The Kinks' Ray Davies gushes with 'joy and humility' over knighthood
The Kinks frontman Ray Davies felt a mixture of "joy" and "humility" on discovering he had been made a knight in the New Year Honours.
He was the lead singer and songwriter for the band, penning classics such as You Really Got Me, Waterloo Sunset and Sunny Afternoon.
The 72-year-old, who has won a string of industry awards, is being recognised for services to the arts.
Ray, born in Muswell Hill, north London, said: "Initially I felt a mixture of surprise, humility, joy and a bit embarrassed but after thinking about it, I accept this for my family and fans as well as everyone who has inspired me to write."
Originally known as The Ravens, The Kinks were formed at the end of 1963 with his brother Dave, Peter Quaife and then Mick Avory.
Ray once stated that his intention was to write for "waitresses and divorced people" but his work has been admired by the spectrum of British critics.
It gained a large following among the gay and lesbian community after works like Lola and See My Friend.
Despite a string of successes, Ray attempted to kill himself in 1973, overdosing on valium and Dom Perignon. His press secretary revived him by throwing him into a bath.
In January 2004 he was shot in the leg while in New Orleans, and three months later limped to collect his CBE from the Queen at Buckingham Palace.
Ray was shot by a mugger he chased after his girlfriend's bag was snatched.
Speaking after being given his CBE, he said: "This is for the people who supported my music over the years. I'm kind of reluctant to collect rewards. I usually back out of ceremonies. I'm kind of a shy person."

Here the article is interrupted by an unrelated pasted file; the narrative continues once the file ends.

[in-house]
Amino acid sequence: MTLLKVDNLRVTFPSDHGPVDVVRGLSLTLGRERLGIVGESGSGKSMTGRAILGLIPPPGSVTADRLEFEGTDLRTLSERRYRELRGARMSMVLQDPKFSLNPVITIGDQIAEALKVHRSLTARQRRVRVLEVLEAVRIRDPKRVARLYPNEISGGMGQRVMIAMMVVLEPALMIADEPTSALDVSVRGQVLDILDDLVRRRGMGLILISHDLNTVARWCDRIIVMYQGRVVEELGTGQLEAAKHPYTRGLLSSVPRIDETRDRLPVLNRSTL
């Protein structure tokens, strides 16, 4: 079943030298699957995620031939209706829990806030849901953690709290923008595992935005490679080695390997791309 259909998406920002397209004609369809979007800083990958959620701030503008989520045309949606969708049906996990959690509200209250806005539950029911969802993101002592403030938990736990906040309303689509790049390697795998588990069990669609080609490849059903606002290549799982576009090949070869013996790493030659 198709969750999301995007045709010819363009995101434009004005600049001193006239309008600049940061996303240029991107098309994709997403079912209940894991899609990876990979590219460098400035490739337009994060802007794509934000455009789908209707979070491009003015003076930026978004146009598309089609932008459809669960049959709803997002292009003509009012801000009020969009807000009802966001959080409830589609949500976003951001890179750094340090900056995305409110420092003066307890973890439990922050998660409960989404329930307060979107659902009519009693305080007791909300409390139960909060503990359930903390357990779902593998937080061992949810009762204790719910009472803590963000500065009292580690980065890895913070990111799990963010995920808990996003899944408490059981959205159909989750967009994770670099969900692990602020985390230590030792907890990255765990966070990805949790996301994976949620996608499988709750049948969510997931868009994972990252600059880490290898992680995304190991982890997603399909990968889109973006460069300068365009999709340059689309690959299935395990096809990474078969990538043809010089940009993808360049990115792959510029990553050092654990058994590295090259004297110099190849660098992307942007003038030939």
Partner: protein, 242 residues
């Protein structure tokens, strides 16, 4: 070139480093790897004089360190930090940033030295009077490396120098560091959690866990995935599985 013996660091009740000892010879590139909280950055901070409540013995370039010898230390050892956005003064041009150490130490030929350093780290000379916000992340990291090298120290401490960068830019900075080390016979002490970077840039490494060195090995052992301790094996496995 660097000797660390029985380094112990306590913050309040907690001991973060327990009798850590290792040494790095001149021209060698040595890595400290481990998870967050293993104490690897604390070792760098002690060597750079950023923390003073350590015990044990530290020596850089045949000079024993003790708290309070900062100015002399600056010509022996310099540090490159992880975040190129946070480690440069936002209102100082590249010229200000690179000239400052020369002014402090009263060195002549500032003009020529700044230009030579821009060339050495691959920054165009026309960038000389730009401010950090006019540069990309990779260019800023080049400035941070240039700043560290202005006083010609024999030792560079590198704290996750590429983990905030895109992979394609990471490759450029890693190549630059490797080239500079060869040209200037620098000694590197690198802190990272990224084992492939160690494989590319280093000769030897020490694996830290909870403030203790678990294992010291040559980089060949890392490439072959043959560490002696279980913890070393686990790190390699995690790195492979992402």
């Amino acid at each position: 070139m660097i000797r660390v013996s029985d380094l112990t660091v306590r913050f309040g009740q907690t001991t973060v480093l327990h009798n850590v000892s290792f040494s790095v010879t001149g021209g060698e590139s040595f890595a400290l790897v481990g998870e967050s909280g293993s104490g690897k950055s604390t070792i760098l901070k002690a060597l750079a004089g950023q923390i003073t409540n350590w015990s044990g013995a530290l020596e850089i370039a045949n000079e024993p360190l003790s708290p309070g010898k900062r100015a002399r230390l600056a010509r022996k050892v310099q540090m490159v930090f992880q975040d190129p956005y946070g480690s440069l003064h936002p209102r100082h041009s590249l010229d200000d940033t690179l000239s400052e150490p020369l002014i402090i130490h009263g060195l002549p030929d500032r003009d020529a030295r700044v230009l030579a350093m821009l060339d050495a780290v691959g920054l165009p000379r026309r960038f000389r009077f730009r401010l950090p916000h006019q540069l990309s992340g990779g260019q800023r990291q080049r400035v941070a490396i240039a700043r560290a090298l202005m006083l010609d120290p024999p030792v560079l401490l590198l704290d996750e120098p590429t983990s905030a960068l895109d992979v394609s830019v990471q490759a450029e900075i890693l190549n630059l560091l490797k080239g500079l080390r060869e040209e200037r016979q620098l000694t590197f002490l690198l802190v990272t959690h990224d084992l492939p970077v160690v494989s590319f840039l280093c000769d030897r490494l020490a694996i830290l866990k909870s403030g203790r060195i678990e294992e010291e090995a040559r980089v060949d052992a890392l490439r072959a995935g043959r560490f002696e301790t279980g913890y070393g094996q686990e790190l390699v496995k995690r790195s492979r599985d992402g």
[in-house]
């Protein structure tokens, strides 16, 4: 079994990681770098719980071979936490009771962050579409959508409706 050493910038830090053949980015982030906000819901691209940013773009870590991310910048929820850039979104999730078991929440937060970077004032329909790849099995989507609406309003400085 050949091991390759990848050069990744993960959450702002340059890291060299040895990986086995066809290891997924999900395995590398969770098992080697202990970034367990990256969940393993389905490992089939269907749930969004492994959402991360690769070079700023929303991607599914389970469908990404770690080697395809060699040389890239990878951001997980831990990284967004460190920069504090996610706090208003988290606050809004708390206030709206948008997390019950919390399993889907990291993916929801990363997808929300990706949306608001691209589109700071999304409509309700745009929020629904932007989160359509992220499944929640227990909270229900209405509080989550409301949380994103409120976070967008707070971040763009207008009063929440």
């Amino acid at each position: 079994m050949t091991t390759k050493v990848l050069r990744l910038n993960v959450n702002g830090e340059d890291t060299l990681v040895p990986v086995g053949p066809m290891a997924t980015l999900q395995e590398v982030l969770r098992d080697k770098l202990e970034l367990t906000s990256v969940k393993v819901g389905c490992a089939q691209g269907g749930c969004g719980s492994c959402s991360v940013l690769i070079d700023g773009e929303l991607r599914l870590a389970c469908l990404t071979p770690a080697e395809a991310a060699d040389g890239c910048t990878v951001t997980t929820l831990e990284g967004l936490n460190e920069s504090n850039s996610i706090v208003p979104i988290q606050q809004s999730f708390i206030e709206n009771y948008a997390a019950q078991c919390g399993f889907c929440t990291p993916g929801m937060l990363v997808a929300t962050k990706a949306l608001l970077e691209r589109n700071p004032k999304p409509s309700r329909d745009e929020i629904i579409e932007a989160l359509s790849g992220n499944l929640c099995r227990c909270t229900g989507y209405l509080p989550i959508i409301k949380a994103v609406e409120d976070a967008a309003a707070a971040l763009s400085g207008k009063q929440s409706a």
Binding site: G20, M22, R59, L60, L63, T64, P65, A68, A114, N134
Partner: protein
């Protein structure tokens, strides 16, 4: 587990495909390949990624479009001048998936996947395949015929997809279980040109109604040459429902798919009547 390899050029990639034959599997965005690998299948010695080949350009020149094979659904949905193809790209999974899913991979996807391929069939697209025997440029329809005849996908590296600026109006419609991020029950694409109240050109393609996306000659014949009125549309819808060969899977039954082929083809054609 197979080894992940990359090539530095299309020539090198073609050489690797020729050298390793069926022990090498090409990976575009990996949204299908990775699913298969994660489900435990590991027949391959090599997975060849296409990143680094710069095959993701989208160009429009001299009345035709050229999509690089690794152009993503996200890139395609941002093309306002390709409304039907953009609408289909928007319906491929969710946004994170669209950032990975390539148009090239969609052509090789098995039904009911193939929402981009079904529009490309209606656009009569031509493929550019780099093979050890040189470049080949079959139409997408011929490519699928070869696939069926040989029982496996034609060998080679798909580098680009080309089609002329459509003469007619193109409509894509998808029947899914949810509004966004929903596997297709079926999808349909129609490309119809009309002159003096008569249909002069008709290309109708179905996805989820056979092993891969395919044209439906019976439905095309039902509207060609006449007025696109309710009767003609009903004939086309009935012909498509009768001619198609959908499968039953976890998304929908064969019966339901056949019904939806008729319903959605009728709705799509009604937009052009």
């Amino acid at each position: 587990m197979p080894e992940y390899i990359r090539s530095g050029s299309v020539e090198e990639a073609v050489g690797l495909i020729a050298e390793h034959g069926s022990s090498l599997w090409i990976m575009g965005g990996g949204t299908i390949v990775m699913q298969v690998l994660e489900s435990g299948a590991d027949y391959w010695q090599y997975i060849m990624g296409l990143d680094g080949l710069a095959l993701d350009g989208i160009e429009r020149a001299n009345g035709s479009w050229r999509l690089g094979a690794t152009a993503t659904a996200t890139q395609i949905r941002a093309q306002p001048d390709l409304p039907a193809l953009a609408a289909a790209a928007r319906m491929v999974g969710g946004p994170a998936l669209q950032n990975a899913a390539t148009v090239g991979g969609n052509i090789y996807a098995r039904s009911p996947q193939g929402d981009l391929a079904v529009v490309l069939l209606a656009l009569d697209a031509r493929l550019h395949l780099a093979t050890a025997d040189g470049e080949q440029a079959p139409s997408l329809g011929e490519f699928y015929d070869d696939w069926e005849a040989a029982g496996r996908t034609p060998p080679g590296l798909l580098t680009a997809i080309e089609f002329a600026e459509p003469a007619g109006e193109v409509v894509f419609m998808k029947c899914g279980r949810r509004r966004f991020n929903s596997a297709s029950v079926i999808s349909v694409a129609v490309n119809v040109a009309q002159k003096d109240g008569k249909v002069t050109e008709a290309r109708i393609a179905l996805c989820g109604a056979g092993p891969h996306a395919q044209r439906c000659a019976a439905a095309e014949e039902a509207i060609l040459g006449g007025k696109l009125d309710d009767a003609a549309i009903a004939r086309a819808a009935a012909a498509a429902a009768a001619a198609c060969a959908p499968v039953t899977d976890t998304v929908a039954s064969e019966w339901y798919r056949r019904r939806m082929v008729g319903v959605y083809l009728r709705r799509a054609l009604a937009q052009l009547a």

The Kinks - inducted into the Rock and Roll Hall of Fame in 1990 - were one of the most influential bands of the 1960s. The group's influence on acts such as Oasis and Blur earned Ray the accolade Godfather of Britpop.
He has had a difficult relationship with his brother, who once described a pattern of "jealousy, hatred and envy" between the pair before the group disbanded in 1996.
But last year, and for the first time in almost 20 years, the siblings were reunited as they performed You Really Got Me at London's Islington Assembly Hall.
Ray's musical Come Dancing won the Mobius Award for best Off-West End production in 2009 and his musical Sunny Afternoon won four Olivier Awards.
He also gives his name to song writing workshops, helping to give children from disadvantaged backgrounds the chance to express themselves and encouraging them to experience The Kinks' old studio.
Ray has composed several pioneering rock operas including Arthur and The Village Green Preservation Society, and has also directed films and TV shows.